Europe airspace split into open, cautious and no fly while airlines want bailout


April 19, 2010

Europe airspace split into open, cautious and no fly while airlines want bailout

Under increasingly intense pressure from the airline industry that is losing $200 million a day, European officials carved up the sky into 3 sections or zones today. European countries can resume airline traffic in designated “zones” where the threat of ash is considered less dangerous, French officials said after a meeting of the bloc’s 27 transport ministers. The effect of creating three zones is to quickly break the flight deadlock caused by volcanic ash flowing from Iceland over Europe.

  • Zone 1 is an open air zone for all flights
  • Zone 2 is considered a slight hazard or caution flight zone where only some flights will be allowed
  • Zone 3 is too dangerous for any flights and will remain closed for the time being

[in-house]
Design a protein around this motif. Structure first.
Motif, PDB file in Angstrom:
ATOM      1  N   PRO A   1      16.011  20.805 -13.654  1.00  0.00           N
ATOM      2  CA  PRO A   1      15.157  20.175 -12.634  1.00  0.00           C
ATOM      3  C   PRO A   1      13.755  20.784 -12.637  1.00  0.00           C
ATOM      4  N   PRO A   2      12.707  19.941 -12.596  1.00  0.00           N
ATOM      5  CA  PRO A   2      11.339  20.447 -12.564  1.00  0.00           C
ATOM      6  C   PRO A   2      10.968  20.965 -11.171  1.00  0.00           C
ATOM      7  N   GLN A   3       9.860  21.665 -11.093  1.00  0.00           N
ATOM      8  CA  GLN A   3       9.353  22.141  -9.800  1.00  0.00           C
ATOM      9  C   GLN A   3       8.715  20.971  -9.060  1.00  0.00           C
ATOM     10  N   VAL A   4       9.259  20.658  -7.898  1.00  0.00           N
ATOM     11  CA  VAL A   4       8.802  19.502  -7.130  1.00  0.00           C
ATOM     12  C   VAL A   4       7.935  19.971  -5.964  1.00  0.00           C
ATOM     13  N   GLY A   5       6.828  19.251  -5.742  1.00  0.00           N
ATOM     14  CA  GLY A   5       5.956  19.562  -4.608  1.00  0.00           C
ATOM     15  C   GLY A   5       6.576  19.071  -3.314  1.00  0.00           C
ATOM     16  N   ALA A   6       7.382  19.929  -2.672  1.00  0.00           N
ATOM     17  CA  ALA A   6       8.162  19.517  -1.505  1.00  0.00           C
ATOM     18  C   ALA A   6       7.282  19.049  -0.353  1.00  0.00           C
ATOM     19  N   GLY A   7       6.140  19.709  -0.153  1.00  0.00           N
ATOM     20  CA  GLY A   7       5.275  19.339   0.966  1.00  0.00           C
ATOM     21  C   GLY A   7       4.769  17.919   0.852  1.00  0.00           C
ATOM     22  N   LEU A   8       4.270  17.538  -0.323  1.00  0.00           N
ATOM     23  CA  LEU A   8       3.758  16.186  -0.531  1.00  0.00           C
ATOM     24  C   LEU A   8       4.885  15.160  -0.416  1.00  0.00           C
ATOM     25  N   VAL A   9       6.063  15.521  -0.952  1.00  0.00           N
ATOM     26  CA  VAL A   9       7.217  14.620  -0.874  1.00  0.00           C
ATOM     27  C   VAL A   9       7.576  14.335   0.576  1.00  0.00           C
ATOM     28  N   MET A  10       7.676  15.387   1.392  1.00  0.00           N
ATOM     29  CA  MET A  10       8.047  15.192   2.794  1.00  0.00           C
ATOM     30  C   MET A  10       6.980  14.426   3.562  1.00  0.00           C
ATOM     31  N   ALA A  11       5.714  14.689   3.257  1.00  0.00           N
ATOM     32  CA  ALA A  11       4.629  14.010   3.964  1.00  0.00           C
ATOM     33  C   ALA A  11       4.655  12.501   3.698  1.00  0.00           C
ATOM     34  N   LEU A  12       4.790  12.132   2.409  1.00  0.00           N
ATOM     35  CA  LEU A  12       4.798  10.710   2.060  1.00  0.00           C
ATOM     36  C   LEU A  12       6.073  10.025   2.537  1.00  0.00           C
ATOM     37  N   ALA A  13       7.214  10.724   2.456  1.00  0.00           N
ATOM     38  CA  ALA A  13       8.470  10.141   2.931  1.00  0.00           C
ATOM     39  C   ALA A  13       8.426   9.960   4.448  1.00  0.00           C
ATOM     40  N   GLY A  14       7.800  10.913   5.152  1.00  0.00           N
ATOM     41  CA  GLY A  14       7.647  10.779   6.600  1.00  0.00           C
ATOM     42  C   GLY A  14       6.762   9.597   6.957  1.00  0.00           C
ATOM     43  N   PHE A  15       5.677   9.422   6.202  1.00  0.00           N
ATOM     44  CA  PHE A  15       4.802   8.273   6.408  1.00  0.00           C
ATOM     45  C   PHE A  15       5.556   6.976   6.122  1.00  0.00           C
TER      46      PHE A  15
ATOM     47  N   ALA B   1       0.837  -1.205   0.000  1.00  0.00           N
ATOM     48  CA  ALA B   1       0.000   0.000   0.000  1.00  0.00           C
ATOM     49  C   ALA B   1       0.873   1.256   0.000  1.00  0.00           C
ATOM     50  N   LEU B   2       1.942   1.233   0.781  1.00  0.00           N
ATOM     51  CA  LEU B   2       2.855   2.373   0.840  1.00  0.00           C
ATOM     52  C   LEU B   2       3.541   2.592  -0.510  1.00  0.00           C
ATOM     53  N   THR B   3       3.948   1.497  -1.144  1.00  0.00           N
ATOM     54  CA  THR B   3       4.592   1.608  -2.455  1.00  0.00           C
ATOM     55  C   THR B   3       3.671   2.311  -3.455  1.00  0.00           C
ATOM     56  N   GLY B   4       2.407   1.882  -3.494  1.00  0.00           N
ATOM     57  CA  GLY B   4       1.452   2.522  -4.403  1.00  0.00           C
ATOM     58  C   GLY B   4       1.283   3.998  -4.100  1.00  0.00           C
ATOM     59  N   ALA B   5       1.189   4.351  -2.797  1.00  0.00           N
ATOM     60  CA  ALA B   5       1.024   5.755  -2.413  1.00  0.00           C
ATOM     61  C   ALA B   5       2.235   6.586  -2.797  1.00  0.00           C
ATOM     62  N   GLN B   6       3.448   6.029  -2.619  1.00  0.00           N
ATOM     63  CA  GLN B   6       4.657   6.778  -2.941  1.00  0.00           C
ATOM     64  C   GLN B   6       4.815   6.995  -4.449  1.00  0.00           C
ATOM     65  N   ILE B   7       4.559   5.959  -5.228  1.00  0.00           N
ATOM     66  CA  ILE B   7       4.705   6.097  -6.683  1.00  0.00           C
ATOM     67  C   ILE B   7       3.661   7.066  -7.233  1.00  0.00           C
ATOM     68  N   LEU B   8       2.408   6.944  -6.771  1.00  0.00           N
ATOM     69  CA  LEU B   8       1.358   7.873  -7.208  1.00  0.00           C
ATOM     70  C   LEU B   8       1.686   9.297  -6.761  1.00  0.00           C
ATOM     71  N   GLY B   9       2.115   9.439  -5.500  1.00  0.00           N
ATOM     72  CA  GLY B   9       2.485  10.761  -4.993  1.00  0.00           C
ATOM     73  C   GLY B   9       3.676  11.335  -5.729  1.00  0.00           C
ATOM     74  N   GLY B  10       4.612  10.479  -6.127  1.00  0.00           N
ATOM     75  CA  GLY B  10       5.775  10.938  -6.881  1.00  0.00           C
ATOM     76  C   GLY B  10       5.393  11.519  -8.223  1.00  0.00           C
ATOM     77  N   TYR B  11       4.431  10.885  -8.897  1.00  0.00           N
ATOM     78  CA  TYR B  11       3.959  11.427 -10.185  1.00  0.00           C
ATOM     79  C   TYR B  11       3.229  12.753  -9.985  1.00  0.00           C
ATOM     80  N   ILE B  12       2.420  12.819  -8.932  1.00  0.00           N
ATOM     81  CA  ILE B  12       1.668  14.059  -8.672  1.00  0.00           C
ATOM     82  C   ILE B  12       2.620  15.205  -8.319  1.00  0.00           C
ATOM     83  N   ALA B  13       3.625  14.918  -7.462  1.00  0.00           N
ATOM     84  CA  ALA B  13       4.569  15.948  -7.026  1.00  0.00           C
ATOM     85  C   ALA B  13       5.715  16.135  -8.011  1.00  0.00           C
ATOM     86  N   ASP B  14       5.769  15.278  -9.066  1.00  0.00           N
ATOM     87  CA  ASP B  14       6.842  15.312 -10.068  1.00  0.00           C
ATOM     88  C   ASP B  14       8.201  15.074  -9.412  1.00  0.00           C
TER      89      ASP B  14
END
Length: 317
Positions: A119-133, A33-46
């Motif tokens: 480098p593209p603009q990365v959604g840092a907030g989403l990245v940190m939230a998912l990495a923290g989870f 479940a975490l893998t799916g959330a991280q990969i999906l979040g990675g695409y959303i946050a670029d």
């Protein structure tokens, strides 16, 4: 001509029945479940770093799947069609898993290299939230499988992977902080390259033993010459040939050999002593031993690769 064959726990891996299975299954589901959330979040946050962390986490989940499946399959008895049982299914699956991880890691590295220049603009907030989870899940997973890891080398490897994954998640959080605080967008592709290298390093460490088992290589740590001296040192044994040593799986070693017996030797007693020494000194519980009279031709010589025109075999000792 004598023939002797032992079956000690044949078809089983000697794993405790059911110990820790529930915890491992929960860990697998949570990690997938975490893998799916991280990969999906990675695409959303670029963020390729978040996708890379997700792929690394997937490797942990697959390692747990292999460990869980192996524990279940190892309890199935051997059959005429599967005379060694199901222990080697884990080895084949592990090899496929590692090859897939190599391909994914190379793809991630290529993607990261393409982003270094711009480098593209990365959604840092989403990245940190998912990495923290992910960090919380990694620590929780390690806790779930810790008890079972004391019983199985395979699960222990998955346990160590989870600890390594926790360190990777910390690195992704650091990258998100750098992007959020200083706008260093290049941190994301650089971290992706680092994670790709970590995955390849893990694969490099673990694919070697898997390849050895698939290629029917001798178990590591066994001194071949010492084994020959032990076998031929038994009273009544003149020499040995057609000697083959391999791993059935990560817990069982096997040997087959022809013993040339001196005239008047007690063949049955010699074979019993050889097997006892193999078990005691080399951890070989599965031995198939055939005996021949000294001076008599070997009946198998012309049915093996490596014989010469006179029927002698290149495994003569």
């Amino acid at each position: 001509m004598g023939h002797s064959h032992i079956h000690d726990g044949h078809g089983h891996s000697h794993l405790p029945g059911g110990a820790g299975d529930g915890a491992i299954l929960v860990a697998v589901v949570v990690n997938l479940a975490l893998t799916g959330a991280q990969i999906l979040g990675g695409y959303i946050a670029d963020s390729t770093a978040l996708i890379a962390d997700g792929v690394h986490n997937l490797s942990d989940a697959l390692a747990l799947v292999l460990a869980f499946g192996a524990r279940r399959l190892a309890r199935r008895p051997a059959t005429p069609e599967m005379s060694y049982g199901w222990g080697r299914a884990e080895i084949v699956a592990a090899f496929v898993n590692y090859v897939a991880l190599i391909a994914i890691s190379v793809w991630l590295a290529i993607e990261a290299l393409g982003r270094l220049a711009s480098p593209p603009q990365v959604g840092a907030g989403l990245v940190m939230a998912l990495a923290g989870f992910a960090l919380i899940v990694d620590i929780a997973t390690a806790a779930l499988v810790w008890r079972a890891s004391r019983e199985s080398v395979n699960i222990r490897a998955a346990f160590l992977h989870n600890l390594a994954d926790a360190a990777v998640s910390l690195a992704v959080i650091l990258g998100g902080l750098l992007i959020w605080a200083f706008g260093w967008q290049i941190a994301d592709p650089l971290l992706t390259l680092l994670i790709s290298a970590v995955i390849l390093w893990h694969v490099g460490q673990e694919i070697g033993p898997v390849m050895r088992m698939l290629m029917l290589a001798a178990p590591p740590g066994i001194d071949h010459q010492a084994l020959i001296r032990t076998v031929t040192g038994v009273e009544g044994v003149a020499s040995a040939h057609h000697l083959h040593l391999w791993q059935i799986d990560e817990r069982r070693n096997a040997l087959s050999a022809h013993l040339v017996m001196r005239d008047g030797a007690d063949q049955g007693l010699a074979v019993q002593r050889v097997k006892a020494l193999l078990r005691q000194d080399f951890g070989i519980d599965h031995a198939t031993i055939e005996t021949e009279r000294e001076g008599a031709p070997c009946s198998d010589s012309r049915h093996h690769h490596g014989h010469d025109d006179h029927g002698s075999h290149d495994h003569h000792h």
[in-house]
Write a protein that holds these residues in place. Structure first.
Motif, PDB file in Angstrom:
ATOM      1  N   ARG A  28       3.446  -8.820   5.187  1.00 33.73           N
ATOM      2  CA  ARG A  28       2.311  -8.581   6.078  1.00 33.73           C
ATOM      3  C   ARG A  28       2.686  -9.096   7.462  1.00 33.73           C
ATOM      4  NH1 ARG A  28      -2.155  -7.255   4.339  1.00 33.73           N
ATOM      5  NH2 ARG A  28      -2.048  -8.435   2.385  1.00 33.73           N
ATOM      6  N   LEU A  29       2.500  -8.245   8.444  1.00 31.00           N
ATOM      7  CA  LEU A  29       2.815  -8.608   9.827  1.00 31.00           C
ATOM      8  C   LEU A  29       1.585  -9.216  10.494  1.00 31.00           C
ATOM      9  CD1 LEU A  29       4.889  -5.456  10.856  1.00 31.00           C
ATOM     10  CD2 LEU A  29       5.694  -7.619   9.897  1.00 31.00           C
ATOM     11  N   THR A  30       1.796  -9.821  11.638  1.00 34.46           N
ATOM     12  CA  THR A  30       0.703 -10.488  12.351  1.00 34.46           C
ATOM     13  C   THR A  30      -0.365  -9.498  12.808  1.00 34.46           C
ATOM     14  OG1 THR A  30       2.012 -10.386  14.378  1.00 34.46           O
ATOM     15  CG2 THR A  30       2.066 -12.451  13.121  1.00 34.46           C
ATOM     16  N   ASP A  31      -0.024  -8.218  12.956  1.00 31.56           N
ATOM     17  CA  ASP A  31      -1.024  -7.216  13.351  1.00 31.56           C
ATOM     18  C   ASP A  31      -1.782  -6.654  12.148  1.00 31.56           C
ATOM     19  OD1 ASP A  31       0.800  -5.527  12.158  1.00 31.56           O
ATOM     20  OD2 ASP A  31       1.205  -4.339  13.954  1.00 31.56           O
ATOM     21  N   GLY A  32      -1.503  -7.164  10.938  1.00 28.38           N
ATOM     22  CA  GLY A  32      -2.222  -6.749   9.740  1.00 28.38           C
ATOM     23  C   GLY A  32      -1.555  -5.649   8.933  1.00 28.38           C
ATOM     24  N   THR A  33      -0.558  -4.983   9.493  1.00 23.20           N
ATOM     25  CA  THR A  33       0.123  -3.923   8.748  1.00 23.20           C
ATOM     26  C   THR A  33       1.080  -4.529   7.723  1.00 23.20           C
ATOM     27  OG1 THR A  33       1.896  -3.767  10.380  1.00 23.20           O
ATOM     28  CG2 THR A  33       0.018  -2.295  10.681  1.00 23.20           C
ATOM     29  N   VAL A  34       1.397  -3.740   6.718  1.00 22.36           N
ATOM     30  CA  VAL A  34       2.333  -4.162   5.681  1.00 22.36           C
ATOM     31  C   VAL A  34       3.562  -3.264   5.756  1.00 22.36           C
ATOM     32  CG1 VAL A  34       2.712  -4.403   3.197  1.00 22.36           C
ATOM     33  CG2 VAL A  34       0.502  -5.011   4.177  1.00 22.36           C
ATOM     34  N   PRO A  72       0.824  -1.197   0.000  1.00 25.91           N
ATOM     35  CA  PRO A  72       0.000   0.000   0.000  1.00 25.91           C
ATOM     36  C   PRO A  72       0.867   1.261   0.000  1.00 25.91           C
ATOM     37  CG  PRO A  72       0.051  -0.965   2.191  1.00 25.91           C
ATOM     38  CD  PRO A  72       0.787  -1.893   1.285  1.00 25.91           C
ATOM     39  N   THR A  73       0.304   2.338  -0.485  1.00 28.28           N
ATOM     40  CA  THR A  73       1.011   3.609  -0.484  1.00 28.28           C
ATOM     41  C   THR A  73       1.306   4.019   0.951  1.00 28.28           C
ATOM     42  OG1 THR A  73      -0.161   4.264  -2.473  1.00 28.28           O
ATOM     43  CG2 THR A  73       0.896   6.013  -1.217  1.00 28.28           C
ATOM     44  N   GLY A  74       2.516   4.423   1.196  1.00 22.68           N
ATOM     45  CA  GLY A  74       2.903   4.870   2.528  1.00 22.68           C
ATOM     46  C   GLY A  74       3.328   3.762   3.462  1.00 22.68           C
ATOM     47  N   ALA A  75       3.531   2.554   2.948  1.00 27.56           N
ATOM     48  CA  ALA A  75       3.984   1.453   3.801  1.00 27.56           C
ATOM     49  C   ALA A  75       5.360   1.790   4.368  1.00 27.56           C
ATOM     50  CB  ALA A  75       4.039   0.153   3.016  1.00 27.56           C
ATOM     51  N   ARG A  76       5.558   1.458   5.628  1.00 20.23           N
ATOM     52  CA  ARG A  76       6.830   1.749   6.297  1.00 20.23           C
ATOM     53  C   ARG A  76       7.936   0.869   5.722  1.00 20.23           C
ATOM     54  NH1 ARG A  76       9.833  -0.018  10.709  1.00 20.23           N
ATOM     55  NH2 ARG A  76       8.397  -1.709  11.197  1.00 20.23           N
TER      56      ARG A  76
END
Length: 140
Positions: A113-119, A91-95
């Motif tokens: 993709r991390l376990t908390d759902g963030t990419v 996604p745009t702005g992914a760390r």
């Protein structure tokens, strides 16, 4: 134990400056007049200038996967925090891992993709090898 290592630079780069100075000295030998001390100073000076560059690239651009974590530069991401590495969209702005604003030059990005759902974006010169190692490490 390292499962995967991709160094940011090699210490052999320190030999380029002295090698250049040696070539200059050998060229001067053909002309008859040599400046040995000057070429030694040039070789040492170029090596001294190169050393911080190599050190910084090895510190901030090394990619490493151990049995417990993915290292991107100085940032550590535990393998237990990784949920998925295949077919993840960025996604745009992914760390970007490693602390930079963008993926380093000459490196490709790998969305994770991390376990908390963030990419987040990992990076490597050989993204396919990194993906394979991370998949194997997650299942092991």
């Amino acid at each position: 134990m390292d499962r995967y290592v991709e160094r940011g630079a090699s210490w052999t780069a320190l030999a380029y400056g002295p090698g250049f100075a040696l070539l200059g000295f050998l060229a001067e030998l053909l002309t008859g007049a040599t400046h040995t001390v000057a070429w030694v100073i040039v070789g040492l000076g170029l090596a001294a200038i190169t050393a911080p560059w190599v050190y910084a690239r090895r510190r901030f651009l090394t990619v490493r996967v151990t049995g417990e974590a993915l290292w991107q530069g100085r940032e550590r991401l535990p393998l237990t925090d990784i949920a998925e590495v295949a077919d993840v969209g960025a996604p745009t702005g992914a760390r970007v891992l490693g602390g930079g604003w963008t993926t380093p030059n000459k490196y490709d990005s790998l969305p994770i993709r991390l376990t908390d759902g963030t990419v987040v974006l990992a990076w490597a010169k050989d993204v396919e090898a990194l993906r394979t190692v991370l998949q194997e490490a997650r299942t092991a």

These zones were created by Eurocontrol which is the European Air Traffic control agency. Jean-Louis Borloo, the No. 2 French Cabinet official, said flights in the caution zone will be “very secure” with many tests to make sure jet engines are not damaged by ash. Eurocontrol moved to create these zones after the UK, Germany, the Netherlands, France and Belgium said they would begin to reopen airspace in part on Monday with more opening on Tuesday. Belgium also said it would begin reopening the country’s airspace from Tuesday morning.

A NATO F-16 fighter jet suffered engine damage after flying through the volcanic ash cloud near Helsinki, said one US official earlier. In the high temperatures of an engine turbine, ash can turn to molten glass and paralyze the engine. But experts said the volcano – which erupted last Wednesday for the second time in a month – was now spewing more steam and less ash.

European airlines have  begun asking for a bailout due to the governments lack of scientific measurements for the prolonged airspace closures. At a global loss of $200 million a day European airlines have easily lost hundreds of millions in canceled airfare revenue. Whether those losses are permanent or merely on hold transactions as passengers wait for the sky’s to clear before re-booking their flights is a point of contention on both sides of the issue.

 

Publisher: Salient News